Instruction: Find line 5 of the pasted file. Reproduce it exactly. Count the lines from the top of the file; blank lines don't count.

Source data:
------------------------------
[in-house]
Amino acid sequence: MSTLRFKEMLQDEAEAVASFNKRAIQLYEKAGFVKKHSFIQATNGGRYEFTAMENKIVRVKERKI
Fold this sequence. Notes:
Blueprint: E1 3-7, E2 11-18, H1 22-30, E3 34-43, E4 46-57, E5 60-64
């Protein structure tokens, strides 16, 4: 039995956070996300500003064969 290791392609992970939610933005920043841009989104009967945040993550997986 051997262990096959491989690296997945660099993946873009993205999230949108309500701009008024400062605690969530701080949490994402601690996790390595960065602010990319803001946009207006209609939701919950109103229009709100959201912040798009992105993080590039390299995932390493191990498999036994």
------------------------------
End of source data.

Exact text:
């Protein structure tokens, strides 16, 4: 039995956070996300500003064969 290791392609992970939610933005920043841009989104009967945040993550997986 051997262990096959491989690296997945660099993946873009993205999230949108309500701009008024400062605690969530701080949490994402601690996790390595960065602010990319803001946009207006209609939701919950109103229009709100959201912040798009992105993080590039390299995932390493191990498999036994």